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Course Number: 4

Injuries to Primary Teeth

The greatest incidence of trauma to the primary dentition occurs at 2 to 3 years of age, when motor coordination is developing. The most frequently injured teeth are the maxillary incisors.

Injuries to primary teeth include fracture, displacement, and avulsion.


Injury to Primary Incisor

Small fractures of primary teeth may leave a sharp tooth surface and may require smoothing. If the fracture exposes the pulp, either pulp (or endodontic) treatment and crown or extraction may be required. Tooth fractures must be assessed radiographically to determine if root fractures are present.


Fractured Primary Tooth

Displacement injuries need to be evaluated to determine the child’s occlusion and the proximity of the injured primary tooth to the developing permanent tooth. An extruded primary tooth that interferes with a child’s ability to bite (or occlude) should be repositioned or extracted. An intruded tooth not contacting the permanent tooth bud may be allowed to re-erupt. Immediate extraction may be indicated if the radiograph reveals that the intruded tooth contacts the permanent tooth bud. Periodic reevaluation of the intruded tooth is prudent.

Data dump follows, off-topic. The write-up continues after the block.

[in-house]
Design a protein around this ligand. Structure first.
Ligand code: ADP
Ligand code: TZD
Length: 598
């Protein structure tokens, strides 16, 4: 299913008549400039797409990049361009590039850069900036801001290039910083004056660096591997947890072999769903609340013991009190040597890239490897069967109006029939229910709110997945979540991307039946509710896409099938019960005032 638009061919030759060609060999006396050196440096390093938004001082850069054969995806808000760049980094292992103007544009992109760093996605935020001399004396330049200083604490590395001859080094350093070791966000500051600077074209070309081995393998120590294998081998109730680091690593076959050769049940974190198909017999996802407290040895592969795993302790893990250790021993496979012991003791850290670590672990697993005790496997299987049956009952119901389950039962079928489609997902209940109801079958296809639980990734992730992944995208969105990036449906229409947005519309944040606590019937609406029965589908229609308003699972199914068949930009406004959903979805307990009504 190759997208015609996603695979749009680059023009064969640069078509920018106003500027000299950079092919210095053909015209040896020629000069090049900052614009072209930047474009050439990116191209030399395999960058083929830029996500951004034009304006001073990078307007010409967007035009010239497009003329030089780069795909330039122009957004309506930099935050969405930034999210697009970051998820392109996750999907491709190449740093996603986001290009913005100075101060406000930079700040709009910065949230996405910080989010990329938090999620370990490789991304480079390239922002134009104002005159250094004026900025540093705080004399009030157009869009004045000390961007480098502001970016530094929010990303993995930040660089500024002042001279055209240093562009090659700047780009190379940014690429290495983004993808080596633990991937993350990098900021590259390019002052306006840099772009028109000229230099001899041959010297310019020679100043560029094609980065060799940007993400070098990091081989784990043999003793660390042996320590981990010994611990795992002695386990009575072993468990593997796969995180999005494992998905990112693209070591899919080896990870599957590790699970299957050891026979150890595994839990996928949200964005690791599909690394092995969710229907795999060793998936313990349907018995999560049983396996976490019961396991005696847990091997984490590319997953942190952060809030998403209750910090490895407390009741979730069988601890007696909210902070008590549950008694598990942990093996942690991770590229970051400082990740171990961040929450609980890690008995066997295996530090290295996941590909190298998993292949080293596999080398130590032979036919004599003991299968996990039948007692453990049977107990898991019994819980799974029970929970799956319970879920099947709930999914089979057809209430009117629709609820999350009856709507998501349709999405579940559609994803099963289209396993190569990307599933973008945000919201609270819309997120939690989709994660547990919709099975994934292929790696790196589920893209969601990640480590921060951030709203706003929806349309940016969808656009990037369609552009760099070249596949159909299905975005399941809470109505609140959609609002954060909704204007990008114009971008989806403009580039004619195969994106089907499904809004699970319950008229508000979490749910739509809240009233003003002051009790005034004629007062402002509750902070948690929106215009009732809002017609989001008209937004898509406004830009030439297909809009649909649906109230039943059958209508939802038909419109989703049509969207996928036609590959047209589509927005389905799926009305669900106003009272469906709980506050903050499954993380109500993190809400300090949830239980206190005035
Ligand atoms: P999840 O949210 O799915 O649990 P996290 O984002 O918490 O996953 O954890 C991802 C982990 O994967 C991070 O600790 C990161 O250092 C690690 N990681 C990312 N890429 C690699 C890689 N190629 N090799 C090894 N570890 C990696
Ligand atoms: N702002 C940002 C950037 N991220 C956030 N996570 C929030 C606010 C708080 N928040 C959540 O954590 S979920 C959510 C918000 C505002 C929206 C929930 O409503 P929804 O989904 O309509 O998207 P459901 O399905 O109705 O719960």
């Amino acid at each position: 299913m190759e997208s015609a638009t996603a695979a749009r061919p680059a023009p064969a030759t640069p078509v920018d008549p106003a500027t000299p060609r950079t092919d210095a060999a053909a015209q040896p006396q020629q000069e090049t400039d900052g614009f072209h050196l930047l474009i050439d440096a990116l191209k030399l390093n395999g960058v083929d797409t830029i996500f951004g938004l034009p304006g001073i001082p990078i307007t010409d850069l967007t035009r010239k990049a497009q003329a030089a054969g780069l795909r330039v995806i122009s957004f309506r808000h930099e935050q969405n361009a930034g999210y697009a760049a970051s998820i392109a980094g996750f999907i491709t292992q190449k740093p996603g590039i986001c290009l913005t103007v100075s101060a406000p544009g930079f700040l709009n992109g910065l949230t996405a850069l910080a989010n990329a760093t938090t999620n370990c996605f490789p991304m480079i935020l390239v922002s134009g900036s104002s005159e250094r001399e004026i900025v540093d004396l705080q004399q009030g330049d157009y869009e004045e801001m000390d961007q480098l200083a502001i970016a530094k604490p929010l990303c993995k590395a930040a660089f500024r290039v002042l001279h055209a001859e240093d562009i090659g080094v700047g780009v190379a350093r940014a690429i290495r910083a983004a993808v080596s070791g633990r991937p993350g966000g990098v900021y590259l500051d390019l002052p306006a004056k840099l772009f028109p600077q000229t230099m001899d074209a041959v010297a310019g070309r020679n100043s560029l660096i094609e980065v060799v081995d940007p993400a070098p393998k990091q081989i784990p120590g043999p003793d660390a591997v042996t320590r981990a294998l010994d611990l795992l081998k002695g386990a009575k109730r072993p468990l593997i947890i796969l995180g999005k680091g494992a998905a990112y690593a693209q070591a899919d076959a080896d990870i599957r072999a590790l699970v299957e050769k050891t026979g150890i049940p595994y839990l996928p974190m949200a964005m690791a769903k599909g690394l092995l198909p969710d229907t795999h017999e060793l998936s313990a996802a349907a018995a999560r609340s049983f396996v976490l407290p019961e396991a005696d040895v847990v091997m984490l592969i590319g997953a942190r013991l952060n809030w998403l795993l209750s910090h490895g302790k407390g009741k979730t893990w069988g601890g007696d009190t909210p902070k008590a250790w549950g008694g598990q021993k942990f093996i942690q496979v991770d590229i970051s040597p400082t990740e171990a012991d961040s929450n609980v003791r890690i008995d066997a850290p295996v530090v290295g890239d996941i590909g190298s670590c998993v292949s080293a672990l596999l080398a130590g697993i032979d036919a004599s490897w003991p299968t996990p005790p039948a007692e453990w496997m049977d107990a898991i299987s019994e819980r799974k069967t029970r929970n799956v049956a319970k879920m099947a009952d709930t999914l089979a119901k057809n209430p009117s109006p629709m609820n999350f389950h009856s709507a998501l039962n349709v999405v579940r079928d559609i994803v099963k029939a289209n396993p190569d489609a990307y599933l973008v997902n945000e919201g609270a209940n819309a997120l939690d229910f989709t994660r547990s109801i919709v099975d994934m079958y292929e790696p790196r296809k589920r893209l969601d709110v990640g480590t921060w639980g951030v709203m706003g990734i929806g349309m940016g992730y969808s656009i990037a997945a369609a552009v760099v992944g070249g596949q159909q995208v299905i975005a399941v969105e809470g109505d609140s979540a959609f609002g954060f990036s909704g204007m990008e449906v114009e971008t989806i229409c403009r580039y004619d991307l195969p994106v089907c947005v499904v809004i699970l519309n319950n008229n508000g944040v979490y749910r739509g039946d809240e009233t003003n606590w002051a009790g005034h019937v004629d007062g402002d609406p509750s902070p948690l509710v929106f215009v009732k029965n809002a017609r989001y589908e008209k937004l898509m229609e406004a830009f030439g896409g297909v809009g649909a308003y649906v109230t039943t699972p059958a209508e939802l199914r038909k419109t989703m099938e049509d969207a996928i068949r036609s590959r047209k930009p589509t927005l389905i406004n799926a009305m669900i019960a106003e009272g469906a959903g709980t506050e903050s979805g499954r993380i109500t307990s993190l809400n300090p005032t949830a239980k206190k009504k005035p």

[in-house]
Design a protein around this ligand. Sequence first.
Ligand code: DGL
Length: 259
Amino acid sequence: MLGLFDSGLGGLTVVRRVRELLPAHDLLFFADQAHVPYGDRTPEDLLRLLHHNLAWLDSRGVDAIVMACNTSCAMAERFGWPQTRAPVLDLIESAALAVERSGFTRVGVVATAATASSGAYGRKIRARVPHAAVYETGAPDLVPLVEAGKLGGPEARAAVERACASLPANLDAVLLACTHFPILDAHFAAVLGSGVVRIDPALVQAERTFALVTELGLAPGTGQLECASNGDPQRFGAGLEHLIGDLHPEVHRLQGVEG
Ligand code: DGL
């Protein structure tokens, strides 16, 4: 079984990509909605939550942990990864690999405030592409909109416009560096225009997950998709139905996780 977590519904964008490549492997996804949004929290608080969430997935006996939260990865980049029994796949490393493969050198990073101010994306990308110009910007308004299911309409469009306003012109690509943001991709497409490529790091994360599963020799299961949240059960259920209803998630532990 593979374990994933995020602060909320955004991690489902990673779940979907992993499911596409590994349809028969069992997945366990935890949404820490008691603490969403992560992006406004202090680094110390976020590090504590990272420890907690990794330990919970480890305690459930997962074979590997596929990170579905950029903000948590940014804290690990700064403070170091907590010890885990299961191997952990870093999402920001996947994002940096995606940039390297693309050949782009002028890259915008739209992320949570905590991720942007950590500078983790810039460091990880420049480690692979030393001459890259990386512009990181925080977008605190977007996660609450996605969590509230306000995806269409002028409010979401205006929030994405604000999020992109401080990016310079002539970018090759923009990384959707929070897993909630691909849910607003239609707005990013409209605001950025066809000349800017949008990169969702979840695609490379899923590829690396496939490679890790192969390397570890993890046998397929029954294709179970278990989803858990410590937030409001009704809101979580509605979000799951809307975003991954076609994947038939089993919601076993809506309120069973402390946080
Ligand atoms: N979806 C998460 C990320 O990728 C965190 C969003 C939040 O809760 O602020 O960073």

Displaced Primary Teeth